Why Change Is Scary
Updated: Nov 22, 2021
Yep, change is scary--even when we really want change. And we do want it, right? Yes, and sometimes no.
Because those of us who get real excited about institutional change (the stuff that happens outside of us) too often use it as our alibi to get away from the work that demands that WE change (that stuff that happens inside us): our emotional investments in white supremacy culture, our attachments to what makes us comfortable, our unquestioned assumptions about what--and who--matters in our everyday worlds. Sometimes, our demands for others to change keeps us distracted from the stuff that we need to change to bring about the more just world we hope to live in. This is especially true for those of us who are white. Coming to this realization--that we always already need to be open to change--is part of what we call the deep Soulwork of Equity.
A couple of years ago, we were talking with Dr. David Anderson Hooker, Associate Professor at the Joan B. Kroc Institute for International Peace Studies at the University of Notre Dame, when he came to our campus to consult with our leadership team. As we sat in a little coffee shop downtown and recounted our stories of exasperation and anger about all those people we felt were getting in the way of the change we wanted to happen, he smiled and asked us if we--those of us who were doing all this DEI work--were actually ready to occupy that future. He asserted that who we were in that moment would actually have a place in the future we were so desperately trying to create. Stunned, we just sort of sat there. An expletive or two probably came up. And we had to rethink.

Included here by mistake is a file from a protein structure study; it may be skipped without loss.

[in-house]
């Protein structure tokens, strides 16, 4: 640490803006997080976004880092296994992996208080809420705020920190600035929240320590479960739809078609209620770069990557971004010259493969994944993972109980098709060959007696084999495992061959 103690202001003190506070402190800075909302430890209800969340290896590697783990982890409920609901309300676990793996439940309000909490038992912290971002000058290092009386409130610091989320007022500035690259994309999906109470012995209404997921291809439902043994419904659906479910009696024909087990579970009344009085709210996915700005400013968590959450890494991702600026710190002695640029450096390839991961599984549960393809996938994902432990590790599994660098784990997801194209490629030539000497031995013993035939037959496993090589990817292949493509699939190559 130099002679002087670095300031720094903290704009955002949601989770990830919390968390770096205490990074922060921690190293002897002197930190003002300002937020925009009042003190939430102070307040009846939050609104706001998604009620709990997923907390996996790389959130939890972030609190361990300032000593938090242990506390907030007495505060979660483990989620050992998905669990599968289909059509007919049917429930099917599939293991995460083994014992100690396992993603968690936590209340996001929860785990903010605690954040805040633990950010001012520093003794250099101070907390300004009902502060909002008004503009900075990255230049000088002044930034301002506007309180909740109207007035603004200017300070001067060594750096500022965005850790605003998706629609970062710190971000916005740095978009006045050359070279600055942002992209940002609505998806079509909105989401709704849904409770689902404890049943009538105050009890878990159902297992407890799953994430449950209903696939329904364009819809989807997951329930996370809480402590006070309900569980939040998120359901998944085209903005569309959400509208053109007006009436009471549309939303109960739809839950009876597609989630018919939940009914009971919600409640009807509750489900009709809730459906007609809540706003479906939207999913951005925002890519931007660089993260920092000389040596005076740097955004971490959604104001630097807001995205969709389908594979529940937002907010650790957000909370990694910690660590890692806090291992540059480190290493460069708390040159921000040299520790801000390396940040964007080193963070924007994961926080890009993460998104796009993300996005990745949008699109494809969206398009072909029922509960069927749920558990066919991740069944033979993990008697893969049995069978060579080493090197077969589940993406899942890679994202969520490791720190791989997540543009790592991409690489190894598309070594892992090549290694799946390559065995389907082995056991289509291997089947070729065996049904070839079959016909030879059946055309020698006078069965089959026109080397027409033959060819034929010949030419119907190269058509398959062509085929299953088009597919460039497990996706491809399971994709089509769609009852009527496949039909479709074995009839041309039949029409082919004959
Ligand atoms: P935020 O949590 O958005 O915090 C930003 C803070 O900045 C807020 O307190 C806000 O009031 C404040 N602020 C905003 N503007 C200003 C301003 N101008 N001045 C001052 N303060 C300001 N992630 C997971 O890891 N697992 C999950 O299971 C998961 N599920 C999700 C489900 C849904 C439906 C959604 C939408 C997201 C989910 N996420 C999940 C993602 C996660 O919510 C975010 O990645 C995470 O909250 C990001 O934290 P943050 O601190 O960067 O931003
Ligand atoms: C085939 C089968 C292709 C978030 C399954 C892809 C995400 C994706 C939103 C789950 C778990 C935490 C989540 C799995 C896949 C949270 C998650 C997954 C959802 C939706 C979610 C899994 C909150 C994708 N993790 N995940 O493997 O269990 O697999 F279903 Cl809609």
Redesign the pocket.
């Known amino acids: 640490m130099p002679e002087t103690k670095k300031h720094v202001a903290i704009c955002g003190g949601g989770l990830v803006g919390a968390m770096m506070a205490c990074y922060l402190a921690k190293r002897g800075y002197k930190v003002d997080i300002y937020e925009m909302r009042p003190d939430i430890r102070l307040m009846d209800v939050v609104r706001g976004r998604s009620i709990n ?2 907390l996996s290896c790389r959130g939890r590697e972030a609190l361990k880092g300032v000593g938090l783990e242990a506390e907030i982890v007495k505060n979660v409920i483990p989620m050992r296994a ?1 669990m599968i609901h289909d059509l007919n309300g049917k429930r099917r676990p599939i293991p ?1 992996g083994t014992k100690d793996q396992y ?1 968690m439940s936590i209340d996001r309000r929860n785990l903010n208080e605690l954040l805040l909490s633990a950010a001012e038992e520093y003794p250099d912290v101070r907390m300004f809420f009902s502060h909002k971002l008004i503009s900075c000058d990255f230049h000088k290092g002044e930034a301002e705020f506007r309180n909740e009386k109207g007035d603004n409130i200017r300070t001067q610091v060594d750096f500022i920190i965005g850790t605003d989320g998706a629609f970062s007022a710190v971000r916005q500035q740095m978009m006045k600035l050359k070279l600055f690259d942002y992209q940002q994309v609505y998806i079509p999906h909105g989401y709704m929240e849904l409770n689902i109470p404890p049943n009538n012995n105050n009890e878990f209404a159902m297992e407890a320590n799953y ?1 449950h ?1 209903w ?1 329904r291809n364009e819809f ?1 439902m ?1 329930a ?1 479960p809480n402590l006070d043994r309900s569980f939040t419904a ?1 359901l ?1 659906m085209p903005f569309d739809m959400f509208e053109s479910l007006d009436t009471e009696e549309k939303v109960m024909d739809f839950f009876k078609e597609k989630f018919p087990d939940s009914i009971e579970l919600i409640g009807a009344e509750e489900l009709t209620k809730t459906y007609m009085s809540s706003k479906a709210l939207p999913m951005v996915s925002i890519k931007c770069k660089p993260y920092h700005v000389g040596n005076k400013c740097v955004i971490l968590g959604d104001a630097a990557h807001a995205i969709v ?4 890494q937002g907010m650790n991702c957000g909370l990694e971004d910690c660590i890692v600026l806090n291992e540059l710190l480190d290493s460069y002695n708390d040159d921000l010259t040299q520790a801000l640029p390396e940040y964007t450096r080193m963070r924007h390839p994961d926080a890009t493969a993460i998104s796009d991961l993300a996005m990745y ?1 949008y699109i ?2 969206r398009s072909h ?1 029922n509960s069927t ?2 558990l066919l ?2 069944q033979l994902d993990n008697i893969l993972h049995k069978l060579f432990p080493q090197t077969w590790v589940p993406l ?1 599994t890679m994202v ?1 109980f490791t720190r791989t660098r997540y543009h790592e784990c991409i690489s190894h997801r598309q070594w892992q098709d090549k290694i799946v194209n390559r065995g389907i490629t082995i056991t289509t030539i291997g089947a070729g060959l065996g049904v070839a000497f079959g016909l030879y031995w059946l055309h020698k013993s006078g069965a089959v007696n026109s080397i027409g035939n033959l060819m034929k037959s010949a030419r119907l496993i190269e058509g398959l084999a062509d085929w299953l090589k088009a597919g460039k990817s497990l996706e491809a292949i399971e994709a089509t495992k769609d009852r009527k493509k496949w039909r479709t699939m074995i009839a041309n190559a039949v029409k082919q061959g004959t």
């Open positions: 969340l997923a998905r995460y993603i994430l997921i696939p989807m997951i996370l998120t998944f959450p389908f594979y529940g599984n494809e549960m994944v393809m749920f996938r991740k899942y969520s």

Of course, it's not like a single course correction does the trick. The Soulwork of Equity is never checked off. It's a lifelong process. And if we remain open to it, we can experience the JOY of the journey with others.
How about you? Is it easier to demand change than consider changing yourself? What does it take to do both/and--both demanding the change and remaining accountable to changing to fit the world we want to create?